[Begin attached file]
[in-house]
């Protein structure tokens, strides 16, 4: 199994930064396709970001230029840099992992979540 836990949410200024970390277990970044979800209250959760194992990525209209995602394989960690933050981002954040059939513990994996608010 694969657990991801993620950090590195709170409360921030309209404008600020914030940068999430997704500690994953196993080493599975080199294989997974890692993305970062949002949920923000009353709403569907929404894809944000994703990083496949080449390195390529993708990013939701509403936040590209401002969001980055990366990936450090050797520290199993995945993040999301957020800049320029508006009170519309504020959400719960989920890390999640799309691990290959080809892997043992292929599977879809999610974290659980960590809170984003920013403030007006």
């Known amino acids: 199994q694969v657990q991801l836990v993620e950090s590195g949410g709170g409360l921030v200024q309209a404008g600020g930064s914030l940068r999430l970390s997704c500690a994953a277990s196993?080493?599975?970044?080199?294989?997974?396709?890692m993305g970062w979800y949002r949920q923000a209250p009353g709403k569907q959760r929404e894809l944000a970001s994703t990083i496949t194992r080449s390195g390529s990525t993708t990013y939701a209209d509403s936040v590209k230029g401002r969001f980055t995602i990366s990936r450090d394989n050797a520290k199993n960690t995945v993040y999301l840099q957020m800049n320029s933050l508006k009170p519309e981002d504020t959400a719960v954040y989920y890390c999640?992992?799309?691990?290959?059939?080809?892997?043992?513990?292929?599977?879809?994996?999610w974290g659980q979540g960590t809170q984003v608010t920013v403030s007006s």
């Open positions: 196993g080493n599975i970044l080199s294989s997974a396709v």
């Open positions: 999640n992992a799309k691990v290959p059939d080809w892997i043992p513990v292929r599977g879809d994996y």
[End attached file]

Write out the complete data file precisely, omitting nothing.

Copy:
[in-house]
């Protein structure tokens, strides 16, 4: 199994930064396709970001230029840099992992979540 836990949410200024970390277990970044979800209250959760194992990525209209995602394989960690933050981002954040059939513990994996608010 694969657990991801993620950090590195709170409360921030309209404008600020914030940068999430997704500690994953196993080493599975080199294989997974890692993305970062949002949920923000009353709403569907929404894809944000994703990083496949080449390195390529993708990013939701509403936040590209401002969001980055990366990936450090050797520290199993995945993040999301957020800049320029508006009170519309504020959400719960989920890390999640799309691990290959080809892997043992292929599977879809999610974290659980960590809170984003920013403030007006």
């Known amino acids: 199994q694969v657990q991801l836990v993620e950090s590195g949410g709170g409360l921030v200024q309209a404008g600020g930064s914030l940068r999430l970390s997704c500690a994953a277990s196993?080493?599975?970044?080199?294989?997974?396709?890692m993305g970062w979800y949002r949920q923000a209250p009353g709403k569907q959760r929404e894809l944000a970001s994703t990083i496949t194992r080449s390195g390529s990525t993708t990013y939701a209209d509403s936040v590209k230029g401002r969001f980055t995602i990366s990936r450090d394989n050797a520290k199993n960690t995945v993040y999301l840099q957020m800049n320029s933050l508006k009170p519309e981002d504020t959400a719960v954040y989920y890390c999640?992992?799309?691990?290959?059939?080809?892997?043992?513990?292929?599977?879809?994996?999610w974290g659980q979540g960590t809170q984003v608010t920013v403030s007006s």
């Open positions: 196993g080493n599975i970044l080199s294989s997974a396709v």
């Open positions: 999640n992992a799309k691990v290959p059939d080809w892997i043992p513990v292929r599977g879809d994996y």